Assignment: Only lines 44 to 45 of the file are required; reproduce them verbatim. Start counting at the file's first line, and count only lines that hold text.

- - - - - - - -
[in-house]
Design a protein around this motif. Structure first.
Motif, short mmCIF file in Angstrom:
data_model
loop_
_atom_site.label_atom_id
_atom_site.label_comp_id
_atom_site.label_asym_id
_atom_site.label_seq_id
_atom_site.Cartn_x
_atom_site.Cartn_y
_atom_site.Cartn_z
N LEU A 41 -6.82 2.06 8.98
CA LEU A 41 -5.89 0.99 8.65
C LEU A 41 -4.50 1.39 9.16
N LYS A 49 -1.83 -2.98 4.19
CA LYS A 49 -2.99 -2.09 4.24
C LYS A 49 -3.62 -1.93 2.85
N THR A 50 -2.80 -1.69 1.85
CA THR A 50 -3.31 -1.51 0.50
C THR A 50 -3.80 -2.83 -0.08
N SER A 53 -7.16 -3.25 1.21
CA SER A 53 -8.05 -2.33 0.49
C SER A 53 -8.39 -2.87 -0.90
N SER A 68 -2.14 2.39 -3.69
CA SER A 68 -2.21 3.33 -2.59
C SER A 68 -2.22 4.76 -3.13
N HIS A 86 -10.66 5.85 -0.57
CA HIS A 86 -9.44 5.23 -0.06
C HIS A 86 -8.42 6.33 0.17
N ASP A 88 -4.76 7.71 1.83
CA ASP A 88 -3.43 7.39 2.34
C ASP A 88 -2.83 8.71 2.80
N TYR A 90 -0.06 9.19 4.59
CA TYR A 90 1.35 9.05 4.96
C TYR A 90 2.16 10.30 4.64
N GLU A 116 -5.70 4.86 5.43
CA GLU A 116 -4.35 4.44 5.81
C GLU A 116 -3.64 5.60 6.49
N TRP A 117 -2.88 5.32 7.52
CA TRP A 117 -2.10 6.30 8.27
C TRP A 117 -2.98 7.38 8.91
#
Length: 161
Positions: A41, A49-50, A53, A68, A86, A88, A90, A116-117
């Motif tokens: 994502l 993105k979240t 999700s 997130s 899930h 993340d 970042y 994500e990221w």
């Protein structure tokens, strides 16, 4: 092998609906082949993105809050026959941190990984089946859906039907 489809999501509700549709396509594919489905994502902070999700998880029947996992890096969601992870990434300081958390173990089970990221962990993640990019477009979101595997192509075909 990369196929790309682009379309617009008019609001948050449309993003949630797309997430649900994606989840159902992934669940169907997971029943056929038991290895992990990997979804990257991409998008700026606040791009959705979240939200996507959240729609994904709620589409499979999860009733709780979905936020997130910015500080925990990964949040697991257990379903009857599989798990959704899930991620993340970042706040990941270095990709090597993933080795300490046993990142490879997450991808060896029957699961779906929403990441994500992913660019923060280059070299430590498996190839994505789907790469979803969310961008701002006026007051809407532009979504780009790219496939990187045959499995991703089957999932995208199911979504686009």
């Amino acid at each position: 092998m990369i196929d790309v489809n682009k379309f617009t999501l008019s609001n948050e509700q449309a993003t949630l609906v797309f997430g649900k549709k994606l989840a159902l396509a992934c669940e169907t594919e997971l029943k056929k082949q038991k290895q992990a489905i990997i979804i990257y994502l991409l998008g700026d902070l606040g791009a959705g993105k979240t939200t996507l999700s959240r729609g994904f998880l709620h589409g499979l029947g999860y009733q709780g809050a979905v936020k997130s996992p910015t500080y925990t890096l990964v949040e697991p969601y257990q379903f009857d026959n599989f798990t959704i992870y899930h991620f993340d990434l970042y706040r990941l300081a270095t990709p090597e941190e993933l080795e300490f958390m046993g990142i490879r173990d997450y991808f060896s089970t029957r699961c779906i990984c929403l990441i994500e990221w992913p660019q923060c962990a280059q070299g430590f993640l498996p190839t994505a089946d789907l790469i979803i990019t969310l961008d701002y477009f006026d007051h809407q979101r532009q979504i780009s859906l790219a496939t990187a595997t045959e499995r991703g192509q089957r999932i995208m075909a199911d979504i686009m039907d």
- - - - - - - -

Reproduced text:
Length: 161
Positions: A41, A49-50, A53, A68, A86, A88, A90, A116-117